New parents have a lot to think about, but these tips can help them make better financial decisions.
Having a child is an exciting and exhausting experience. The feeling of holding your newborn in your arms cannot be described in words. Along with this exhilarating feeling, though, comes sleep deprivation, hectic schedules and the determination to provide nothing but the best for your precious little one.
Even with the best intentions, it is very easy to lose track of finances or make unwise decisions with money. Here are some of the top money mistakes new parents make:
Not having life insurance (or skimping on insurance): We do not want to think about dying, especially after a bundle of joy just entered our lives, but we need to make sure the little one is provided for after us. A childless couple may need little or no life insurance, but having a child changes everything. If you do not have life insurance yet, please start shopping for a policy.
Ignoring disability insurance: According to the U.S. Social Security Administration, one in four of today’s 20-year-olds will become disabled before they retire. What protection do you have for your biggest asset — your ability to earn income?
Buying life insurance for the baby: I never knew people buy life insurance for babies until I started receiving at least one brochure a week from companies selling whole life insurance. Some even kept calling me with different tactics, either to scare me into thinking about any potential illnesses my baby could have in the future that would make her ineligible for insurance (if I don’t buy something right now) or to make me believe I am building her a solid financial foundation with the investment portion of the whole life insurance product.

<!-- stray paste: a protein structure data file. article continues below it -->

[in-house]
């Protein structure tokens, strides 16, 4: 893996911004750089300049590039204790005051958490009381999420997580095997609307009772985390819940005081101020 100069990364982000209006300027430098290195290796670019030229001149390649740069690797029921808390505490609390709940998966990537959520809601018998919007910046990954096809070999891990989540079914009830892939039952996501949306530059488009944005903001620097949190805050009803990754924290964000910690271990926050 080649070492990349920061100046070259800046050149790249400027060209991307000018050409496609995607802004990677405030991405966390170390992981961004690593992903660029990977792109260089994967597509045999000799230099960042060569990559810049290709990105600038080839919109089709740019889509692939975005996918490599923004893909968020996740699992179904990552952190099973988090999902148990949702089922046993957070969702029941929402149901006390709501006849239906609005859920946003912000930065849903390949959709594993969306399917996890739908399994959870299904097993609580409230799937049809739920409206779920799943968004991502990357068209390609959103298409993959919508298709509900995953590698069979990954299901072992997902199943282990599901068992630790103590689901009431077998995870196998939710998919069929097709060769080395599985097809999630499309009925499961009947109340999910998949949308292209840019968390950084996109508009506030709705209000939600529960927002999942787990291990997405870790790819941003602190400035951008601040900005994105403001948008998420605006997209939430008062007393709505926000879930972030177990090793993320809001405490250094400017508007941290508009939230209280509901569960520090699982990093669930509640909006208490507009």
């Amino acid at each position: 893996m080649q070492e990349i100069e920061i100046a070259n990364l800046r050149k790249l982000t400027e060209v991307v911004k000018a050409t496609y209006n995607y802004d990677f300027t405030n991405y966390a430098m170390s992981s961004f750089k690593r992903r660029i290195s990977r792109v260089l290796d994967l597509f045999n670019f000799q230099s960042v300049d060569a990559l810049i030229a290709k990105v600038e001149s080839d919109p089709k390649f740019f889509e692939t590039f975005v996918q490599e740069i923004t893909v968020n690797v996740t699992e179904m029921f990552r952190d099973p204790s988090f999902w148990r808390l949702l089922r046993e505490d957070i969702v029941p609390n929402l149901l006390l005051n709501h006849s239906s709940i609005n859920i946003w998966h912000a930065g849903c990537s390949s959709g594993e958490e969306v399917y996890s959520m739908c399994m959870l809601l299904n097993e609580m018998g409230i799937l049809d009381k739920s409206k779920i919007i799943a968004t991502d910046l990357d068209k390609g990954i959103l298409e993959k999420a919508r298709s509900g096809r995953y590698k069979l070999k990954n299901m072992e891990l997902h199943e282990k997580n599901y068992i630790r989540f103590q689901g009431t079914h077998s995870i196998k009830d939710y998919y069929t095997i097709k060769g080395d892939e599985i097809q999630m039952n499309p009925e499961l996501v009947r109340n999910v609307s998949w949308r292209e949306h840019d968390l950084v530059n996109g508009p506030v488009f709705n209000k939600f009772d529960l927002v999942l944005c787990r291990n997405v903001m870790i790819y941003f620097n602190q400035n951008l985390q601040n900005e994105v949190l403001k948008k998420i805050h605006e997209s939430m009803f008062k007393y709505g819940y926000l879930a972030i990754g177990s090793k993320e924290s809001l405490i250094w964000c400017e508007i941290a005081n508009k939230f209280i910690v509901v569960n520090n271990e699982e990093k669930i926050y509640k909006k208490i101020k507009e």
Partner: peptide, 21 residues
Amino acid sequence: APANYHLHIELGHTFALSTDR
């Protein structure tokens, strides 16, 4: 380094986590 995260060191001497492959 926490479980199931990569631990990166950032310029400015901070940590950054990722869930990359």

I can easily see how these arguments would work on parents who want to do everything possible to give their kids an advantage in life; however, neither of these arguments are valid reasons to buy insurance for your baby. With the recent changes in the health insurance law, the chances of not getting insurance due to an illness are very slim. Even if that were the case, the insurance that is provided by these baby insurance products are too small to really make a difference. And regarding the second argument of providing a solid financial foundation, you will be better off by putting that amount in a college savings account and teaching your kids about finances. How much income does your baby bring in? Zero dollars? That is exactly how much insurance you should get for the baby.
Over-spending on baby items: The Internet is filled with lists of items you need for the new baby. In my experience, the best way to go about this is to buy the absolute basics — a place for the baby to sleep, a few Onesies (or sleep-and-plays if you are having a winter baby), diapers, car seat, a few bottles if formula feeding. For the rest, purchase other items as and when you feel the need after the baby arrives. You might find you never miss anything.